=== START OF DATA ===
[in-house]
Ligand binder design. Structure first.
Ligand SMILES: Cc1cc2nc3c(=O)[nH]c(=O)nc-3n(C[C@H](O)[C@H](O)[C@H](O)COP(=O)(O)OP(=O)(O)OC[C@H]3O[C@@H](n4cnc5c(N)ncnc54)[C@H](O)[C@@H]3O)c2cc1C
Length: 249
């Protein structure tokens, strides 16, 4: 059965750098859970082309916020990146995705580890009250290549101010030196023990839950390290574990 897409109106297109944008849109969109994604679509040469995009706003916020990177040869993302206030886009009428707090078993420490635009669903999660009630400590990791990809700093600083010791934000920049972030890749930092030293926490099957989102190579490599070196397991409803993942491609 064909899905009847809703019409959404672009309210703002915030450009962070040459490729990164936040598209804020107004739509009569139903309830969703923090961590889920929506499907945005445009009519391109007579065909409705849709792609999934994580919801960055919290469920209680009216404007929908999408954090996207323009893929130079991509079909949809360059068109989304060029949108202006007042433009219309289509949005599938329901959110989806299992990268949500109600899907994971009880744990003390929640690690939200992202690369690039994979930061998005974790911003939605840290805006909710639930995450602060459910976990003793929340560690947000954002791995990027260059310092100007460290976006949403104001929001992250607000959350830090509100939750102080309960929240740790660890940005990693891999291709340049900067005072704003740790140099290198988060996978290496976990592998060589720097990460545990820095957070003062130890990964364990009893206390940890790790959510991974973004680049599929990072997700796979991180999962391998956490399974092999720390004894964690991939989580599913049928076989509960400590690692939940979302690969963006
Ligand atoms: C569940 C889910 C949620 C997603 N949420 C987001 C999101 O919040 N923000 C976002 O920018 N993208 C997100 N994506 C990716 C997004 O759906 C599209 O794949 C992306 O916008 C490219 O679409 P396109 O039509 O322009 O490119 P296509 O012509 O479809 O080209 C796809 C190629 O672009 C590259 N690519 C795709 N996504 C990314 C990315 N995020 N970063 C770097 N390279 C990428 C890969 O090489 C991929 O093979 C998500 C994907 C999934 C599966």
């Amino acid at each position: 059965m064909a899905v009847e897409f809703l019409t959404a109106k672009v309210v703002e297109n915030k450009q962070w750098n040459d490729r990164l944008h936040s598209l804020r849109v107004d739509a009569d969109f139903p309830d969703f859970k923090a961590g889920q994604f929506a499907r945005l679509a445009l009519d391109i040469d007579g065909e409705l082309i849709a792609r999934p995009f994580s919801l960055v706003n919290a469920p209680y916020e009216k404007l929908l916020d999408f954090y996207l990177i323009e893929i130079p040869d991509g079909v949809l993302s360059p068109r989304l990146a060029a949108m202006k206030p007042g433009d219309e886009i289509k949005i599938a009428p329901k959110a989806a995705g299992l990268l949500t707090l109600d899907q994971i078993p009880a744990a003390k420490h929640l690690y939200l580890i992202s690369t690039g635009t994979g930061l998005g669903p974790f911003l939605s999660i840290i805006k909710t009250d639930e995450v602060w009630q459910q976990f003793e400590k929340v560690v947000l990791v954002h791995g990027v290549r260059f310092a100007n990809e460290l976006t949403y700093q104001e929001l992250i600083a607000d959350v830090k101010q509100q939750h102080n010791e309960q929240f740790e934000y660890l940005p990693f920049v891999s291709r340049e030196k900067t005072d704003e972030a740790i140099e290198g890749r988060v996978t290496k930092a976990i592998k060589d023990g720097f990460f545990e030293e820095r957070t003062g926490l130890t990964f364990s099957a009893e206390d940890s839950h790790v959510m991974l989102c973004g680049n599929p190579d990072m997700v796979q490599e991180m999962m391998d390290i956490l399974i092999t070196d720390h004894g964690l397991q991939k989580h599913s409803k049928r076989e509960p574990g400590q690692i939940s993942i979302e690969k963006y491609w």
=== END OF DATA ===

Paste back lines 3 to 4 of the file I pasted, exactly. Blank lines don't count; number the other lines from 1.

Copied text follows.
Ligand SMILES: Cc1cc2nc3c(=O)[nH]c(=O)nc-3n(C[C@H](O)[C@H](O)[C@H](O)COP(=O)(O)OP(=O)(O)OC[C@H]3O[C@@H](n4cnc5c(N)ncnc54)[C@H](O)[C@@H]3O)c2cc1C
Length: 249